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on the verge of a Polarity shift

Tempo-wise you mean? That playing on the bell sounds like that sort of downward on the downbeat. Got to be nearly impossible to do at this tempo!
Tempo-wise you mean?
Where 'the hand falls' on the "2 or 4" or "1 and 3" get's flipped/
might not be relevant to what you're trying to describe
you say Rock/ was thinking/ what happens to in fast Jazz.

But I do like the word "Polarity-Shift"
I'm keeping that one/
I using these grouping in a rock & roll context, so big quarters especially on the one are important.
what's the rock song/ you're applying this with/to/
what's the rock song/ you're applying this with/to/
We play originals. It's not in any song yet but we are jamming it out here and there. I slide in some sixteenth groups of threes in some songs sometimes, especially when I go to the bell it sounds kinda Copeland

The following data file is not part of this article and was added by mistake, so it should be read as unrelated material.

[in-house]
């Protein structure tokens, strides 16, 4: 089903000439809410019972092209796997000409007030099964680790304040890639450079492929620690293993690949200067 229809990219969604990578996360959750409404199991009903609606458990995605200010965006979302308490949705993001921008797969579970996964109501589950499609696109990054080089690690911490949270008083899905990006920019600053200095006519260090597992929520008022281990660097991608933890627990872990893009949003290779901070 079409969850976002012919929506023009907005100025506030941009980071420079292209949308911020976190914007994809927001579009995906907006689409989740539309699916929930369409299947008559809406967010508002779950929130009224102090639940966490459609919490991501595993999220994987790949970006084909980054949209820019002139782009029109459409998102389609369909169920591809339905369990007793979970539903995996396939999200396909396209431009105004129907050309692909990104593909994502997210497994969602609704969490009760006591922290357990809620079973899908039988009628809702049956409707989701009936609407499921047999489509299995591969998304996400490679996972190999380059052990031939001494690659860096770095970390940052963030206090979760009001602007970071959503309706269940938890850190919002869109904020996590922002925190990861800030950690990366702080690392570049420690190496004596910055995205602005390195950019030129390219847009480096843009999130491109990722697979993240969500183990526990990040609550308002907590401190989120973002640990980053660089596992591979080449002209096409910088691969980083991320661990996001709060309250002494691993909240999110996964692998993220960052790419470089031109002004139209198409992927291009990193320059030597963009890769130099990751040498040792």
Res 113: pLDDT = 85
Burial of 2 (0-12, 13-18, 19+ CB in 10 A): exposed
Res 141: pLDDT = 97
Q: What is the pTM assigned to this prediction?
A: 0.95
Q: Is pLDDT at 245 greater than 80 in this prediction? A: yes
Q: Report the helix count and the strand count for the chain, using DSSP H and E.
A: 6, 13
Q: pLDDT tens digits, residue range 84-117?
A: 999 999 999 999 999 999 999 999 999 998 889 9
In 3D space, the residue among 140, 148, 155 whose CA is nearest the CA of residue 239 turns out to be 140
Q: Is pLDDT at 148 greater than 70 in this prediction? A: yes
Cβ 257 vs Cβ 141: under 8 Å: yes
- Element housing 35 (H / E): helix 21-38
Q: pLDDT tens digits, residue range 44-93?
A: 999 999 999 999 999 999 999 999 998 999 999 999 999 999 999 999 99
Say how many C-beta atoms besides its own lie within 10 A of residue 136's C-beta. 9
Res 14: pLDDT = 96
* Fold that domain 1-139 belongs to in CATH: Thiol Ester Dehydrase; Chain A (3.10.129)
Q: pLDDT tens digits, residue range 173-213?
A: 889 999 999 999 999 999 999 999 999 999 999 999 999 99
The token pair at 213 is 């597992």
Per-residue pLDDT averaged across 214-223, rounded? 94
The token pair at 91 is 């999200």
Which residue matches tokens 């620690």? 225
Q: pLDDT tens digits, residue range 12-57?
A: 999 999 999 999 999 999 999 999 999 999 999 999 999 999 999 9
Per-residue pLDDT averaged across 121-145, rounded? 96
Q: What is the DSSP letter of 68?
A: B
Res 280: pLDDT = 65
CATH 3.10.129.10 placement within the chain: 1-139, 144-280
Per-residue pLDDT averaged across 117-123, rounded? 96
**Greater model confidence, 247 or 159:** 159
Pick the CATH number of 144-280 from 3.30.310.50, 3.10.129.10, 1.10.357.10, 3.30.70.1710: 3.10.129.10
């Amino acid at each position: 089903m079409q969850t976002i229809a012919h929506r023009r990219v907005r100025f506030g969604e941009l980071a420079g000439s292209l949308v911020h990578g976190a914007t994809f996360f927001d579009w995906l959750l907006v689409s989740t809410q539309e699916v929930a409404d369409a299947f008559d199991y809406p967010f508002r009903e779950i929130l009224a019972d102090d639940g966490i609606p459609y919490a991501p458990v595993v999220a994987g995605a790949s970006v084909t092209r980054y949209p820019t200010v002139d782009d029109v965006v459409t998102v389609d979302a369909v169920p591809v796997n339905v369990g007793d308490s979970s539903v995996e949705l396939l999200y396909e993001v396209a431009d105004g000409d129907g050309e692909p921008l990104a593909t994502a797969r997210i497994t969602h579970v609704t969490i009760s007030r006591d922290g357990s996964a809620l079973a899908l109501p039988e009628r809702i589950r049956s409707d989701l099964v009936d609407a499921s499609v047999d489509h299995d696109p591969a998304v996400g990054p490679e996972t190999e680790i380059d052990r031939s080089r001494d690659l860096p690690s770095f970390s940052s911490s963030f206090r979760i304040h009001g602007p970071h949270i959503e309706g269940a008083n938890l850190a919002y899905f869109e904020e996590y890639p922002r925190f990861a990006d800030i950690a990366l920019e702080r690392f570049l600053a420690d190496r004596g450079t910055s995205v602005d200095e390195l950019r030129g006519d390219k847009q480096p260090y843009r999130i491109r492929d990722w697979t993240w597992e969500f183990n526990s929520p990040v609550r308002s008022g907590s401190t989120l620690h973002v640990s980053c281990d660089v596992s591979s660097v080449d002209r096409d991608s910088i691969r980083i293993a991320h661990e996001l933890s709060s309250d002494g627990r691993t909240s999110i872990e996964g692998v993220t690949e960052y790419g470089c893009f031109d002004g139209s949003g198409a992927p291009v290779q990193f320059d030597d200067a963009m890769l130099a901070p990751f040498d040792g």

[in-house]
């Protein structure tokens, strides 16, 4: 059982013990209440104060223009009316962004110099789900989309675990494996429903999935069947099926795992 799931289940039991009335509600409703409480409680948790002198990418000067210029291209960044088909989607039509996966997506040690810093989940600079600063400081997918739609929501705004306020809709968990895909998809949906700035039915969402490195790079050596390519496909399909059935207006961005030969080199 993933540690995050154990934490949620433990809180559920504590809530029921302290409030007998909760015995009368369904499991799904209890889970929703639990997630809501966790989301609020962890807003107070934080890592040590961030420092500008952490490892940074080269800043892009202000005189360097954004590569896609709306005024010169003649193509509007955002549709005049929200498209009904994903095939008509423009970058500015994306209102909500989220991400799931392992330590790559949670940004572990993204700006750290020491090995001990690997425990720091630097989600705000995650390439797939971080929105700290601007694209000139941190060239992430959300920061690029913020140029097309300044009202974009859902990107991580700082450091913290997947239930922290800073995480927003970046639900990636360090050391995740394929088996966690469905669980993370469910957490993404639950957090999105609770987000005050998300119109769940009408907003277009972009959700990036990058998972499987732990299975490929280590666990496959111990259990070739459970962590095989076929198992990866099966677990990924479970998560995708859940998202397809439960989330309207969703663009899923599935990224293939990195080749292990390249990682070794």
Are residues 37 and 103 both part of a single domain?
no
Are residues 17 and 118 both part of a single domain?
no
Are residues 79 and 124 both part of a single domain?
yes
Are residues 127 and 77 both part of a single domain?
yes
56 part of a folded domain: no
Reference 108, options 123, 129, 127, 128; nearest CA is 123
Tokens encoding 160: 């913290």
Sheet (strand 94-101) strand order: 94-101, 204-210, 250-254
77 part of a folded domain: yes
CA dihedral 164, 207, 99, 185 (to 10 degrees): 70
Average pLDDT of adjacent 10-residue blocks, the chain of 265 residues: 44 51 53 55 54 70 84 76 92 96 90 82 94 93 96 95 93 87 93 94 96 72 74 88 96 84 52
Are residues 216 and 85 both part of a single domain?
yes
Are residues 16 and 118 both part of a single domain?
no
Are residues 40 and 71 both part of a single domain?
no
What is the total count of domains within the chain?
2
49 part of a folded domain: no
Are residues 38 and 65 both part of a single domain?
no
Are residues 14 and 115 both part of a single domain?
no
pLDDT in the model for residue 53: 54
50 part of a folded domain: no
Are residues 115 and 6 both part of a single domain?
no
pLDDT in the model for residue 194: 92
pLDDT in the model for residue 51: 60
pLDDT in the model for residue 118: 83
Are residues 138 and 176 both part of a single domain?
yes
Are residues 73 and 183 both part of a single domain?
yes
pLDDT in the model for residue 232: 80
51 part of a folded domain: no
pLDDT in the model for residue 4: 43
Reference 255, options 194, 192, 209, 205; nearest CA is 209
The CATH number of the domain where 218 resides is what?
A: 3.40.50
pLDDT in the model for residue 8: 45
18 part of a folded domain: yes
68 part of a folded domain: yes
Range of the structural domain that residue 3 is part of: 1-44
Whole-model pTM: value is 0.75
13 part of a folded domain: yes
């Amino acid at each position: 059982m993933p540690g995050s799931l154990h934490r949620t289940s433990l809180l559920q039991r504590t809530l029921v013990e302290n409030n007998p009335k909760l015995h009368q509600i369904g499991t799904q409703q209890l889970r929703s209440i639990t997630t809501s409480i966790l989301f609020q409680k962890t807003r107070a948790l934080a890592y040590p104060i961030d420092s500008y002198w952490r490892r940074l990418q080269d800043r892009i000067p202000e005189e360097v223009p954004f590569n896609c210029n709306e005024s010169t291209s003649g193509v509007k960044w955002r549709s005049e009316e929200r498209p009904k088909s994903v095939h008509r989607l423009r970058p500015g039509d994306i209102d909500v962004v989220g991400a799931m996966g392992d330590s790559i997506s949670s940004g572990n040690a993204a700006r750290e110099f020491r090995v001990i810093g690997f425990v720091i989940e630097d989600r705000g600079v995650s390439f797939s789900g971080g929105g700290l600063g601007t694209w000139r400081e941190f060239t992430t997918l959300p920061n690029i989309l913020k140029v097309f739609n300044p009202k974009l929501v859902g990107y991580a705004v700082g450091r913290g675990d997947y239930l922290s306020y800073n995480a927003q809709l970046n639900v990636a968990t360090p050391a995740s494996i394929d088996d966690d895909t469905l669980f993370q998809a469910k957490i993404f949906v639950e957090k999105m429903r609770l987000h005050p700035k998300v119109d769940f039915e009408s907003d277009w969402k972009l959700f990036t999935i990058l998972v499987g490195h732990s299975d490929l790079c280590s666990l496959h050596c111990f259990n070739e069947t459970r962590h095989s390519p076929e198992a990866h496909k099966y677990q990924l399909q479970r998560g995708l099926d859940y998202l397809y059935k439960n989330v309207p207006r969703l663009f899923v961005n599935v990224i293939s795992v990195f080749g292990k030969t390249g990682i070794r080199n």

I try to keep all the notes even, especially the four beats in the bar.
Accenting 1 & 3 or 2 & 4 sounds ‘lumpy’ to me - doesn’t flow smoothly.

The only exception might be a quick country or rockabilly beat played on closed hihat - accenting the off beats 2 & 4 counters the bass drum playing on 1 & 3.
I'm gonna speak in broad terms here because there are always little nuances that can be tweaked, and there are "exceptions" to almost every rule.

Having said that...

You've basically got 2 different patterns here, resulting in 2 different sounds, and having 2 different common applications.

Your first pattern is essentially downstroke-tap-upstroke. The resulting sound is loud-soft-soft.

Your second pattern is essentially tap-upstroke-downstroke. The resulting sound is soft-soft-loud.

So...which one is right? Well, which one is right FOR WHAT? If you want loud-soft-soft, then go with pattern #1. If you want soft-soft-loud, then go with pattern #2.